“Tom and Max were then writing on ‘Seinfeld’ and we submitted ideas and didn’t hear anything and ‘Herman’s Head’ got cancelled,” he continued. “We were packing everything up to move to New York and work for Conan full time — the moving truck is coming the next day — and we get a call from Tom and Max saying ‘Larry and Jerry read your stuff. Can you come in and meet with them?’ I remember very distinctly just standing on the phone in a bathrobe going like, ‘Yeah, we’re free.’ And so, we went in and met with Larry and Jerry as they were starting up for Season 6, and the rest is a footnote to history.”
David stepped away from “Seinfeld” after its seventh season, leaving Schaffer and Berg to keep the show going in his absence for two years.
“He taught us everything. How to write, edit, sound mix, all that stuff. And then he left and then we had to do it. He came back for the finale thank goodness.”
Schaffer and Berg kept in touch with Gamill and Pross while they were working with David on “Curb Your Enthusiasm,” and would eventually get hired on the show’s sixth season. Shaffer would go on to direct the series and serve as an executive producer.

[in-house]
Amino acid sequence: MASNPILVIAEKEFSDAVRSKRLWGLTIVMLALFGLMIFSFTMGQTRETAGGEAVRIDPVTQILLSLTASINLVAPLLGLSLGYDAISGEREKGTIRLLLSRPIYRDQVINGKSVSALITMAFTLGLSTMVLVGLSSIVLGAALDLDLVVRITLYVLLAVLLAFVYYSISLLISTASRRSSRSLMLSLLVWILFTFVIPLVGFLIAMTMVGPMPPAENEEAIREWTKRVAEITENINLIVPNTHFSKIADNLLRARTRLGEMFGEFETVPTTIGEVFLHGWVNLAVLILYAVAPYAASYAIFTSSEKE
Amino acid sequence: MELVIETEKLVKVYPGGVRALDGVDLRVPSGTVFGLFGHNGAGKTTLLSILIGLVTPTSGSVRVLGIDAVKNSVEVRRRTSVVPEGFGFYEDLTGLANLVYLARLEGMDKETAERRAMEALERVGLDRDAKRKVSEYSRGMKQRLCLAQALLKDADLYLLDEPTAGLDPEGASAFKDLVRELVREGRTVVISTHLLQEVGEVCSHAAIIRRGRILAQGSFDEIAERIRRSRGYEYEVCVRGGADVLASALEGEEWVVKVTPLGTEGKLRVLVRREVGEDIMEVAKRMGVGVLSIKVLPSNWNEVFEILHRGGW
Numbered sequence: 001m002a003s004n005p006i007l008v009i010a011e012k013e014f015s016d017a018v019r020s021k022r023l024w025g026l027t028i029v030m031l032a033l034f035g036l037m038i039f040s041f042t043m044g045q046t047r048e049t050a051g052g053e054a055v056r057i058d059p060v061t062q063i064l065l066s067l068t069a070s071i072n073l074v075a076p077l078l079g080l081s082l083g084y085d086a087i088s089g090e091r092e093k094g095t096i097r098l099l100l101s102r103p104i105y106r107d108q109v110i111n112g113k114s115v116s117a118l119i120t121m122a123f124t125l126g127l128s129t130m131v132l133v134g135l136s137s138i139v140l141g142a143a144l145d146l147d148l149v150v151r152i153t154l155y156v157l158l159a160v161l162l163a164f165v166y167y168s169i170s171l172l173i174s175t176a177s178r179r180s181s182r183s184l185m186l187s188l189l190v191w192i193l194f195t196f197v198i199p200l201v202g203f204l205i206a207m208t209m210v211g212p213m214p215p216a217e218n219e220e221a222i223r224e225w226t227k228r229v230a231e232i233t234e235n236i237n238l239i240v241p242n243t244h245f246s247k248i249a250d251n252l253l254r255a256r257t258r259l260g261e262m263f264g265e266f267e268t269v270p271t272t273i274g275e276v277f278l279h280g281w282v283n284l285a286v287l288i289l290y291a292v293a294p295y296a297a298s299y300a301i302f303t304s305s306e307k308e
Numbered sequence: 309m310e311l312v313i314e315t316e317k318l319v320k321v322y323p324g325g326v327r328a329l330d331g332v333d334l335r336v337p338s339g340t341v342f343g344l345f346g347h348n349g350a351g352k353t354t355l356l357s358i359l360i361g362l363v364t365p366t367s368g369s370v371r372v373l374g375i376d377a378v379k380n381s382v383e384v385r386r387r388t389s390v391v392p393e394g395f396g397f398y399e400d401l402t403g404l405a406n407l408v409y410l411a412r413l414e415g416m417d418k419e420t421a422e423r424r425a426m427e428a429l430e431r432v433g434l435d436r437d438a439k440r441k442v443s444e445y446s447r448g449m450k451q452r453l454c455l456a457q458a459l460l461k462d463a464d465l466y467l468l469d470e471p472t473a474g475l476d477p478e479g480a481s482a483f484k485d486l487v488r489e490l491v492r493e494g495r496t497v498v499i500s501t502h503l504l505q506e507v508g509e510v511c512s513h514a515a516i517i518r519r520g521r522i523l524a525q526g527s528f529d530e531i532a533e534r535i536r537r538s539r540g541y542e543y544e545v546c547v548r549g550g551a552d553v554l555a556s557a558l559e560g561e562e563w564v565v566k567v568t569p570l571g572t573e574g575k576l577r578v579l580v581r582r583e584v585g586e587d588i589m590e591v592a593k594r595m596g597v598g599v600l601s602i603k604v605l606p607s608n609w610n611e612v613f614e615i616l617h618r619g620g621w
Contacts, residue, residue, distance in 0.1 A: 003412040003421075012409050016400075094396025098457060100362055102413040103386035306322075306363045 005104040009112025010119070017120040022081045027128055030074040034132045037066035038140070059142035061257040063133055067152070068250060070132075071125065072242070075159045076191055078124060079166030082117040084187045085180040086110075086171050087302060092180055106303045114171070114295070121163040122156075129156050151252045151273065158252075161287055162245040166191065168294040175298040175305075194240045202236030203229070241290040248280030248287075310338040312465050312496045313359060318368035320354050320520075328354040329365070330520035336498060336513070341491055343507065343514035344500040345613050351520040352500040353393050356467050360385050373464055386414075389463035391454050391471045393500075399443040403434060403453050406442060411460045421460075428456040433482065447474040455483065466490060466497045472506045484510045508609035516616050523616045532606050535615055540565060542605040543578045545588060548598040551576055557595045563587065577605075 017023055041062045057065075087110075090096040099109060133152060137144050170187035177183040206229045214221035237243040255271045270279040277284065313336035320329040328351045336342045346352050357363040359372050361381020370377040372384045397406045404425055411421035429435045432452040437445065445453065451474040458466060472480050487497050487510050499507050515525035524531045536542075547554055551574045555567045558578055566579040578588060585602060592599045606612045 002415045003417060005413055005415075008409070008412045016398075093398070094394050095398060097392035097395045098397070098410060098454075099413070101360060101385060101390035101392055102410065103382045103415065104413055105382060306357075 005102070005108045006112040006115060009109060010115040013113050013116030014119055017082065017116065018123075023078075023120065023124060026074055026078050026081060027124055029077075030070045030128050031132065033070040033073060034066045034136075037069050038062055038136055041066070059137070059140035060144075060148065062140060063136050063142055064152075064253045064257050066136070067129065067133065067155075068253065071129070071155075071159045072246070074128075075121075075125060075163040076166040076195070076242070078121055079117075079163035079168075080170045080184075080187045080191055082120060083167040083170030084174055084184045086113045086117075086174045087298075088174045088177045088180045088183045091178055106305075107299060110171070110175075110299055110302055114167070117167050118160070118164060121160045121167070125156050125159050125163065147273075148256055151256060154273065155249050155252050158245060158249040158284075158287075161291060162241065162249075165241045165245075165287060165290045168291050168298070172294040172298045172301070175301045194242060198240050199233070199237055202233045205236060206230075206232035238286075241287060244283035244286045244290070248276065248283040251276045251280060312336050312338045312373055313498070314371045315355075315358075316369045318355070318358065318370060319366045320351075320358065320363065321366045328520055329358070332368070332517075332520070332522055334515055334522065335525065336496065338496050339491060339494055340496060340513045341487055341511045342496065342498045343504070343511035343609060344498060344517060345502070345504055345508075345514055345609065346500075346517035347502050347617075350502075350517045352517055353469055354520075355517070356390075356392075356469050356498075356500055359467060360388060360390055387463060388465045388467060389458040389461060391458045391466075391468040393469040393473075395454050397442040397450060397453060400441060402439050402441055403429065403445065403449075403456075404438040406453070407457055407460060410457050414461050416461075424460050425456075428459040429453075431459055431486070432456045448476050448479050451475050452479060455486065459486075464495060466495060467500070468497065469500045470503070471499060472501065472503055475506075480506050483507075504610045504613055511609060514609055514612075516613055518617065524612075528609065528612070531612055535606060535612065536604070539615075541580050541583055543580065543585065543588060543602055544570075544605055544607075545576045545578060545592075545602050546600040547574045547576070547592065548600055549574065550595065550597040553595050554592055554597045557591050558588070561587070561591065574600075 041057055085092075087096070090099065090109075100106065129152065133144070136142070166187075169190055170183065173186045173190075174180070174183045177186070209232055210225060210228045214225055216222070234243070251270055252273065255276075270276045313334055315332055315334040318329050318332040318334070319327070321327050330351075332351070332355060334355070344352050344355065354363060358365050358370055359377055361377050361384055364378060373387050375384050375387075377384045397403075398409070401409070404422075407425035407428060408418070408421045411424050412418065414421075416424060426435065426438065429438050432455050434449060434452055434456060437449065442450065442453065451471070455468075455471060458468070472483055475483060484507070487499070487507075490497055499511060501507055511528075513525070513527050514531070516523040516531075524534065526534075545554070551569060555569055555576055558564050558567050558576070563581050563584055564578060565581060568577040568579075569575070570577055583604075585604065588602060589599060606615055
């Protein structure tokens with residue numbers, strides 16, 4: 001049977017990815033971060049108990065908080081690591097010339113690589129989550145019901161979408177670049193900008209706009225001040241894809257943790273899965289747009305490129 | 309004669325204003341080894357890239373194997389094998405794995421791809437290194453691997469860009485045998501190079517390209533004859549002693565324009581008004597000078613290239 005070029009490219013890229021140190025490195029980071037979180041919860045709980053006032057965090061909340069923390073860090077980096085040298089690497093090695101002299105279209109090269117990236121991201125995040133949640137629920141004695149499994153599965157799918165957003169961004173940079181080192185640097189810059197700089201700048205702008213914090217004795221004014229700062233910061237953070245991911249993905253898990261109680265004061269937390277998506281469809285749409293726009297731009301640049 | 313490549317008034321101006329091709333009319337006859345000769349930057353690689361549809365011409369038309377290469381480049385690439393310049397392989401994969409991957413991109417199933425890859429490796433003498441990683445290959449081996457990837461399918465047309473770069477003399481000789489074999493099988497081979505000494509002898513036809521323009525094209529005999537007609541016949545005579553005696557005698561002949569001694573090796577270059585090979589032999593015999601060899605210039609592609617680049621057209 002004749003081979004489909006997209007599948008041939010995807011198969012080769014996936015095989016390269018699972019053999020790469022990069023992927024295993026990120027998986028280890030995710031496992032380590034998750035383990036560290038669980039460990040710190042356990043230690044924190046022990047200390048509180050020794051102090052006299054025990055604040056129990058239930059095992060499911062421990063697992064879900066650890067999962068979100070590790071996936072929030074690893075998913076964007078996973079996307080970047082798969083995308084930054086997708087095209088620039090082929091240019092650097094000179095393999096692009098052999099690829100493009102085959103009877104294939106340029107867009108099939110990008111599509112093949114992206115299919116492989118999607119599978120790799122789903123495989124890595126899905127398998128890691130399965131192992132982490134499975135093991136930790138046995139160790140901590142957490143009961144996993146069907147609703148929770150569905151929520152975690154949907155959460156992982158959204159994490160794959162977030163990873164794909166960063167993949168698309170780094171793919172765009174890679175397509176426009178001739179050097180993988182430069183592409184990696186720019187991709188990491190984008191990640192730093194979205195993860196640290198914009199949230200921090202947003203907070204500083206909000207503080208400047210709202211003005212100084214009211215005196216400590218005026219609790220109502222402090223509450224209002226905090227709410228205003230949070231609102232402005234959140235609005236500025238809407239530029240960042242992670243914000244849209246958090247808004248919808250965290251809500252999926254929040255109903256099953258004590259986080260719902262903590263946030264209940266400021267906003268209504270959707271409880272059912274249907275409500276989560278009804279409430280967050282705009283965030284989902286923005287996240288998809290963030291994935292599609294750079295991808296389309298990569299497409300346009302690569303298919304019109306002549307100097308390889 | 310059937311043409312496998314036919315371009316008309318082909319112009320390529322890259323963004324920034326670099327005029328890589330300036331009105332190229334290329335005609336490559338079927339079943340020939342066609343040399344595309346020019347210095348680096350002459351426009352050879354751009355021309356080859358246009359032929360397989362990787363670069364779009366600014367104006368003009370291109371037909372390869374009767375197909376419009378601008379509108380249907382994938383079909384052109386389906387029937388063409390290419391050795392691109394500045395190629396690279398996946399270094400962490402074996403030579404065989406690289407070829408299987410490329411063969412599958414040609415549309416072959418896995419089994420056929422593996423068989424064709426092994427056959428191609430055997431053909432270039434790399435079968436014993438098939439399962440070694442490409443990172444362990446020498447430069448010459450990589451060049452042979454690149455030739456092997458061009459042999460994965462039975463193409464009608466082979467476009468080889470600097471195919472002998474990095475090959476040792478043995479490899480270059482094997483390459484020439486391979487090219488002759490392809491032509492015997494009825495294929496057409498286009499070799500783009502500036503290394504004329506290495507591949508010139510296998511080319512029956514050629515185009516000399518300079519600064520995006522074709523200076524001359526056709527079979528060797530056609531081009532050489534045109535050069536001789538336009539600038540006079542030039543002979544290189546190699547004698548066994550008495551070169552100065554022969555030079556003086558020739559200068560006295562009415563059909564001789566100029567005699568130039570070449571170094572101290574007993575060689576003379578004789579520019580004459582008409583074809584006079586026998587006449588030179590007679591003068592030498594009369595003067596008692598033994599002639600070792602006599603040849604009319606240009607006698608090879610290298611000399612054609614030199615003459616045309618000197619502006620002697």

Aside from the tradecraft lessons, one of the biggest takeaways Schaffer took from working with David was being “fearless.”
“You can do anything. It’s all in the execution. I know where the line is, because I can look back and see it. And that was because Larry always made a show as if there was no network and honestly if there was no audience. So you just learn to not be afraid of anybody else’s opinion,” Schaffer said. “If you think it’s funny, go do it. That’s been my kind of North Star… you just keep pushing because that’s what makes a great comedy.”
Sticking the Landing
When it comes to what to expect from the HBO comedy’s swan song, Schaffer remained tight-lipped, adding that Larry David “hates spoilers.”
“He wants everyone to be surprised. You can go to bed at night and then you wake up the next morning and you’ve got like a big pimple. You’re like, where did that come from? That’s how he wants the show,” he joked. “He wants the show to just appear like a big pimple on the entertainment forehead, and you don’t know where it came from, you don’t know what it is, but there it is, and you’re stuck with it. You got to deal with it.“